(Cue the ominous drums.)
There, I said it. It is a word most of us have come to despise or at least try to avoid thinking about any more than superficially, and that is for a very good reason.
Unfortunately, when it comes to dieting, the connotations associated with the word are much better left out of sight and out of mind. Thanks to the way most diet programs are designed and marketed, we’ve come to think of the term as a restrictive way to eat for a limited period of time in order to reach some arbitrary goal. We start off with good intentions but are usually ill-equipped with bad information and a broken system. We end up dissatisfied and feeling worse about ourselves than when we started.
To make matters worse, when we fall off our “diets”, we punish ourselves with a more restrictive version of our rules or with exercise. What a great way to teach ourselves to hate exercising when we have come to think of it as something we must suffer through! Then, when we follow our program more closely, we reward ourselves with some type of junk food, claiming that we “earned” it. In our mind’s eye, we just drove that good feeling we had from eating healthy even closer to the bowl (or carton) of ice cream we just polished off. Next time we are in a rough patch and in need of something to help us feel better, it will be that much easier for our brains to prompt us to reach for the junk food to try to recreate that feeling. The whole system sets us up for failure both in the present and in the future, and it treats the body as an object instead of a living part of ourselves.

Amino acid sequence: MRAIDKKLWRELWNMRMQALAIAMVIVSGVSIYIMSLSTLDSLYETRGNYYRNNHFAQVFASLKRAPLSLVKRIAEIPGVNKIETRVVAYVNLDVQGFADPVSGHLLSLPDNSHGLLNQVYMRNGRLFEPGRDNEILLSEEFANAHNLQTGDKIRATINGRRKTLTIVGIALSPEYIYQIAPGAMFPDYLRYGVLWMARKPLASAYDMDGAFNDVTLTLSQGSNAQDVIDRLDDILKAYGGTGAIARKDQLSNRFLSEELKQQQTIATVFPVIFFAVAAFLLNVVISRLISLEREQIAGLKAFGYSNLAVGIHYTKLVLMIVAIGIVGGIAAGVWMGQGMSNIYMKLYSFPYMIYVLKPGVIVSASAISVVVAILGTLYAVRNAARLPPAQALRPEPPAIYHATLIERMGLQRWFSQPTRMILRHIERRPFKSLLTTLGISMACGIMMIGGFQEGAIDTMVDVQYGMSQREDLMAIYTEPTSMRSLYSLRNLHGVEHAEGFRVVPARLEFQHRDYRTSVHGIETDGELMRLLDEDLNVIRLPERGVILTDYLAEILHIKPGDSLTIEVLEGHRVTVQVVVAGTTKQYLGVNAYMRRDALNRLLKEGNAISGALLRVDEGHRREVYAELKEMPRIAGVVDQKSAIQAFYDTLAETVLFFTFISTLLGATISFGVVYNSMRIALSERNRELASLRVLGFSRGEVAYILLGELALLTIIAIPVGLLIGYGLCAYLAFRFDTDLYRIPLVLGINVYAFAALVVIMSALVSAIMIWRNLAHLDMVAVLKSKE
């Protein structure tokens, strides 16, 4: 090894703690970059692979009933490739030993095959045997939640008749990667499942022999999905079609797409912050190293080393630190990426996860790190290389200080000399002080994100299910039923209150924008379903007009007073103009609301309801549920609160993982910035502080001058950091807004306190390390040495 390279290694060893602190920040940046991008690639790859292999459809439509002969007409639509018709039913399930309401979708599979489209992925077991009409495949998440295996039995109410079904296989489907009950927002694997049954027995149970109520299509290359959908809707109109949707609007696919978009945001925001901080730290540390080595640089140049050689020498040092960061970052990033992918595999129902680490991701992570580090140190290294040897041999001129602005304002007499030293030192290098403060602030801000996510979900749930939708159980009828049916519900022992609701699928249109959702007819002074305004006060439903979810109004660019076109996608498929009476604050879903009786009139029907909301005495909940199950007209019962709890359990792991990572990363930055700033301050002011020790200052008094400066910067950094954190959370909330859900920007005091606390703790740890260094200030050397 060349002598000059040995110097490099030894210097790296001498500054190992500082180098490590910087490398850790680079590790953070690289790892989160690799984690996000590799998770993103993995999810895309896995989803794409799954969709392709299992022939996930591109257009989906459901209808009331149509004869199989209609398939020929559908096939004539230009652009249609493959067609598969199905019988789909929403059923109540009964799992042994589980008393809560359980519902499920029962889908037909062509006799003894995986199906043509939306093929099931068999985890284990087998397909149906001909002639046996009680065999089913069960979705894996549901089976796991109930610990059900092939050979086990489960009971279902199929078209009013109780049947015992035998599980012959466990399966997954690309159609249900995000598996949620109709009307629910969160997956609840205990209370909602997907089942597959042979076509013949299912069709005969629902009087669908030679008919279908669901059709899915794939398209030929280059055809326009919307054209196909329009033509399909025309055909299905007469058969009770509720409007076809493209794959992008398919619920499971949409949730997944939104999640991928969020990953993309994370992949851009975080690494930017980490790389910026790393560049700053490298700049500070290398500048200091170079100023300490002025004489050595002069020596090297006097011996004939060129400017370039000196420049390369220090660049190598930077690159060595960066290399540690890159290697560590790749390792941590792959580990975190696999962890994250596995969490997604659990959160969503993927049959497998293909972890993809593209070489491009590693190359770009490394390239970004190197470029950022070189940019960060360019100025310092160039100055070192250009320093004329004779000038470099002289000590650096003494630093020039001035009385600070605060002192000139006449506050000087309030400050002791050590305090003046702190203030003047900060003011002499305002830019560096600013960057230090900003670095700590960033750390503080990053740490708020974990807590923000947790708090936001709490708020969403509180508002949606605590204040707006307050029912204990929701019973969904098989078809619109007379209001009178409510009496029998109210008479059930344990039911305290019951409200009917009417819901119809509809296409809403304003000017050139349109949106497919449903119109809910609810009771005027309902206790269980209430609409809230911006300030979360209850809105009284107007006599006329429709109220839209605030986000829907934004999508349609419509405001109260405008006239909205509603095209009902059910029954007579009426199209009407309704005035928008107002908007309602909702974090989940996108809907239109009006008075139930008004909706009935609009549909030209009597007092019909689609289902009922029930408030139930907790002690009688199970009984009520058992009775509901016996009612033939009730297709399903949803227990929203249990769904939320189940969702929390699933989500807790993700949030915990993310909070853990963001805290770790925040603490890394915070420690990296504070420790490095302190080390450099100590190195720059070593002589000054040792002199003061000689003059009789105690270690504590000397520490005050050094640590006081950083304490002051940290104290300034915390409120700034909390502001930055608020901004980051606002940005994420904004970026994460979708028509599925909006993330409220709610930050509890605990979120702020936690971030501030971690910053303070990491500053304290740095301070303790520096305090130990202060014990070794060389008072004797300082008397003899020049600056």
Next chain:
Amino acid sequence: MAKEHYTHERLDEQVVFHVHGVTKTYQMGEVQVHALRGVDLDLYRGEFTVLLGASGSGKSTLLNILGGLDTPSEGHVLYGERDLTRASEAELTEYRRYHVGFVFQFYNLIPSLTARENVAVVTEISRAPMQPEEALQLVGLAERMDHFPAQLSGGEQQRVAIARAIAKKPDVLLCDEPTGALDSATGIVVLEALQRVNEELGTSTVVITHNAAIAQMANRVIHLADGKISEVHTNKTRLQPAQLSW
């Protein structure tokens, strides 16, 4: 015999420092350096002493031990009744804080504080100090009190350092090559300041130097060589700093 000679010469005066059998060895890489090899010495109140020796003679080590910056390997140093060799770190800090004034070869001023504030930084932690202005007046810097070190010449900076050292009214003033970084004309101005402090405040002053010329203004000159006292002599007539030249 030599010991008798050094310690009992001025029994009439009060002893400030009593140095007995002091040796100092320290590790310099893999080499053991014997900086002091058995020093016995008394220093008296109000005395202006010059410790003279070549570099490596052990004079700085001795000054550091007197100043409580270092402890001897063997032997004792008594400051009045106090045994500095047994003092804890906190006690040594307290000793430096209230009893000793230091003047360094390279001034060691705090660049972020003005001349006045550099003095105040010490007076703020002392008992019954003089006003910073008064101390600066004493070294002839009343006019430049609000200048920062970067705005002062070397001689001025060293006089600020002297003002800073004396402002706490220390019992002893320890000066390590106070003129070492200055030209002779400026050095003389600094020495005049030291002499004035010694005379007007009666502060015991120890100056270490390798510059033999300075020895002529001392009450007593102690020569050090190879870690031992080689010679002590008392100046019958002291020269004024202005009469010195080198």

We can’t treat food or our bodies like challenges to be overcome and tamed while still expecting good results. The whole idea of punishing and rewarding ourselves with something that we require to live is a sick practice, but it is not an easy one to break out of. It takes time and a lot of effort to change and heal the ways our brains are wired when it comes to thinking about food. Still, it can be done, and it very much worth it. The word diet does not have to strike fear into us when we have a healthy relationship with what’s on our plate and see it for what it really is: as a way to nourish our bodies.
When we stop asking ourselves to perform tricks to get rewards, we can be gentler with our falls and our triumphs. We can stick to the whole focus of trying to eat better more easily because the road is not filled with yo-yo plans that spring us back and forth between feeling great and then feeling horrible about ourselves. We switch from a limited time mindset and start to see lifelong changes in the way we treat our bodies. It becomes a lifestyle of love. When we learn to show respect to ourselves and our bodies, a diet is simply how we feed ourselves and support the life we want to live.
If you would like support on your journey towards healing your relationship with your diet, I offer wellness consultations over the phone and virtually as well. We all deserve to love ourselves.